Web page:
Saturday, May 28, 2011

Influencers

What makes someone an influencer in modern society?

Who are our influencers?

In fashion, our past influencers are clear: Chanel, Vionnet, Dior, Gres, YSL, McQueen-- all are responsible for a distinct shift in perspective on design. In furniture design, Chippendale in the 1700's, Eames in the 20th century and Piet Hein Eek in the 21st century come to mind. In architecture, the innovators of their day included Frank Gehry and Frank Lloyd Wright.

I think people like Madonna, Gwen Stephanie and Lady Gaga are influencers in music, but have a temporary influence as true trend setters. It is in their saturation that makes them less of an influence, as they seem to become mainstream the moment they are copied. In today's society, people still think Gaga is an influencer. I would say that is true a year ago, but today, she is predictible and is so immitated and followed. This makes me believe she has lost her influence to be a true innovator, but simply a leader with a following. She is not unlike any other leader in the world who has a herd of sheep following blindly as they are lost and looking for someone or something on which to hang an identy.... or adopt an identity.

In the media, Mark Zuckerburg would have been an influencer in the world of social media and the way in which social media would be used today. Anna Wintour, editor of American Vogue was an influencer in the fashion media, but her power is continually being challenged by new media outlets, such as online blogs and magazine. Tavy Gevinson, the fourteen-year-old blogger truly challenged the old guard of the fashion writers with her influential blog. Hugh Hefner was an influencer in the 50's with the introduction of the first Playboy magazine.

Watching a documentary on Hugh Hefner in the 1950's made me realize something I had never thought about him- he was ahead of his time, he was not "popular," in fact, when he started, he borrowed any amount of money he could and his first issue sold only 50,000 copies. WIthin a year, he tripled that. He was ahead of his time and went against the grain of society; he did not have a following for many, many years and he promoted something that went to against what was the norm in a 1950's society and forever changed the American ideal of women and created an unattainable standard by which many American women measure themselves. Unfortunately, the start of Playboy magazine made for a perpetually-sexualized undercurrent in society that has become validated through the media and by his own controversial lifestyle. Playboy forever changed the ideal of American beauty.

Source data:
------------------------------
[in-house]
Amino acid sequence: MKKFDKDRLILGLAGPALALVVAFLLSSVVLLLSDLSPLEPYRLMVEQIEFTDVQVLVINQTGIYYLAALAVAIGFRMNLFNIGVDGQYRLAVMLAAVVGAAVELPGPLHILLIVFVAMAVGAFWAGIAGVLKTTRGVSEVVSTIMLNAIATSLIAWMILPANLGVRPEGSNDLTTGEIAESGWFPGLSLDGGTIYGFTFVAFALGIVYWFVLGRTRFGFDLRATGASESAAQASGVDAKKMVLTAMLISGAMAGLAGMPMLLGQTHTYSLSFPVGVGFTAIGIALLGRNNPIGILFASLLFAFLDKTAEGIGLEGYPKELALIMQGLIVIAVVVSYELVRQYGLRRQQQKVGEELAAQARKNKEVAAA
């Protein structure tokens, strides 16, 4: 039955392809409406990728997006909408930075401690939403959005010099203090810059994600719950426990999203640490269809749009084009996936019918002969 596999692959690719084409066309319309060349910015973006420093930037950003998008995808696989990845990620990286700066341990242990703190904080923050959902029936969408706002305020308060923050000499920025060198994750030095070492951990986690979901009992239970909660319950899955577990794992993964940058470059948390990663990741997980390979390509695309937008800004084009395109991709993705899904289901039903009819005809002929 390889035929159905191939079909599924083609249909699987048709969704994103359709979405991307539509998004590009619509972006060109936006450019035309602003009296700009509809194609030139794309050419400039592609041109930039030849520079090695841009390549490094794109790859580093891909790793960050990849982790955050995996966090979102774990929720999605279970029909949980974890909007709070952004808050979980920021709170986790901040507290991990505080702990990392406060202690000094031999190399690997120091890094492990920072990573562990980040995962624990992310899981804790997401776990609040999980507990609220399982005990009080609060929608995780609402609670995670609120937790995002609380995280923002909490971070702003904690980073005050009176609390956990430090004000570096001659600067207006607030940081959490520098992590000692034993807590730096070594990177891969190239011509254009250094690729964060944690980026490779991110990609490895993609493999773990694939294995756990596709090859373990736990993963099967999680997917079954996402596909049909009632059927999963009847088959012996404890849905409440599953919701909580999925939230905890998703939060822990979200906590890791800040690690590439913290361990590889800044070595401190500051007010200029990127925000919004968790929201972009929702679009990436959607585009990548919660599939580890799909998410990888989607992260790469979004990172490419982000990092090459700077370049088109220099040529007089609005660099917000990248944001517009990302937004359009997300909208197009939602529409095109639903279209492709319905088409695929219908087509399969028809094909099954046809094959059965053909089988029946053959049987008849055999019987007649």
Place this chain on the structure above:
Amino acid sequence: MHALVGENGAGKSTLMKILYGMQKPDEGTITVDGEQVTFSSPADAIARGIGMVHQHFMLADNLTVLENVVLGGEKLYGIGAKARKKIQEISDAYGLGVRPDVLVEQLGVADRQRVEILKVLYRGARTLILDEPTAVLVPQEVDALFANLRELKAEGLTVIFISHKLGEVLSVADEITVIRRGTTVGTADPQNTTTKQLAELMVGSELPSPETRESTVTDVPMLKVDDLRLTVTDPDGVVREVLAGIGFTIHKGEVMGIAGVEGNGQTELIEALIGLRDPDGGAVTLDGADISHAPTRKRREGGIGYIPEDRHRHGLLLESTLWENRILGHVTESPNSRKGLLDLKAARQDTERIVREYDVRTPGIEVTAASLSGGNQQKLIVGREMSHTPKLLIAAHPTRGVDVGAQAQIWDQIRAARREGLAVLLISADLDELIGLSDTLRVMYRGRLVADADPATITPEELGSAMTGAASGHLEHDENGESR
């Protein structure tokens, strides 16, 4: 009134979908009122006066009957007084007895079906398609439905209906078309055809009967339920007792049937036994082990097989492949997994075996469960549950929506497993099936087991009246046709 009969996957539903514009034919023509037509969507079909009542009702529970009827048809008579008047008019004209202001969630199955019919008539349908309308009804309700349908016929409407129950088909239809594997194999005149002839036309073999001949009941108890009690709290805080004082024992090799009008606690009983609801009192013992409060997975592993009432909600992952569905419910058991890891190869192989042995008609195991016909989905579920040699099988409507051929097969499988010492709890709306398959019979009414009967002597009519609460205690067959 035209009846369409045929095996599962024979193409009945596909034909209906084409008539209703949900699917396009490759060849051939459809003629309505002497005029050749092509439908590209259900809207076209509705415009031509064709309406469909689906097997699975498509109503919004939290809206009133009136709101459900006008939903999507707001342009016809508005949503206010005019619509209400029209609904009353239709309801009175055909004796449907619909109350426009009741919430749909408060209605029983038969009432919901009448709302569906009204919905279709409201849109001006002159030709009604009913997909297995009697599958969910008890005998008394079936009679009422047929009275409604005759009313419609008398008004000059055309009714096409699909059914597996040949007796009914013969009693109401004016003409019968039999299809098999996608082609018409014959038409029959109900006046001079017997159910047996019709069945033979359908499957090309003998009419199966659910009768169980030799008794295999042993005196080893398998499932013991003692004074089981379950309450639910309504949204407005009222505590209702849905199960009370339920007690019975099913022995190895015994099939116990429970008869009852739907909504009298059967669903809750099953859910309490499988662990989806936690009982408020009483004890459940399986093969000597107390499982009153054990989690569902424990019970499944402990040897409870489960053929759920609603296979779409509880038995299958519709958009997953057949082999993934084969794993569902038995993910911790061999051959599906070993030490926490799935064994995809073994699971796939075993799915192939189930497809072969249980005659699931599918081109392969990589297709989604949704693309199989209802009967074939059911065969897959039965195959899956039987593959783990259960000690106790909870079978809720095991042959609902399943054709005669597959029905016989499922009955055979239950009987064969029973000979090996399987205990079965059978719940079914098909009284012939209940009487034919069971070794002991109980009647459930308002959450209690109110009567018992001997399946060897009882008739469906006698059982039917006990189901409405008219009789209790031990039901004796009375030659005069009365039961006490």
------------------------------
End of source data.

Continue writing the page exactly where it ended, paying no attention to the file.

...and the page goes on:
His magazines were not initially all about sex, but they also included politics and controversial sibjects in the magazine. Utilizing the controversial platform of the magazine, he included in those pages his own ideas about controversial issues, like black rights in America, politics involving President Carter, racial bias in stand-up comedy artists in the 60's, etc. In his day, he was an influencer, but today, his lifestyle seems almost obscene or mundane, depending on perspective, but it is no longer innovative, nor are his ideas.

I am not perpetuating Playboy or any kind of pornography. What I am hoping for is that thought-proving change comes from talking about those who really change a mind set or a society's point of view or at least their discussions.

Are influencers those who have a large following and are popular? Is popular even a component of an influencer? Or does the influencer begin to lose his/her innovative quality because he or she is followed by so many? Should an influencer have an important point of view or vision that is innovative and intuitive to change and can influence that change?

It seems to me that the moment the influencer becomes mainstream the power he or she has is really only to get a bunch of people to copy his or her style and adopt it as their own identity, under the guise that they are truly innovative in their own personal style, when in essence they are only copycats. It seems to me that the moment he or she becomes popular is the exact moment he or she ceases to be innovative. Why is being innovative a necessary trait for an influencer to possess?

So, who are our influencers today?

INFLUENCERS TRAILER from R+I creative on Vimeo.


2 comments:

Karyn said...

My short answer is Jena Lyons. Although she is only quietly innovative, I do think she is very influential. I appreciate the idea that one's fashion identity can be mainstream and still interesting by having a slight twist.

rhealyn said...

i agree that one of the big fashion influencer is the pop singer Lady Gaga! but wait why don't include Justin Bieber? i bet everyone will agree!

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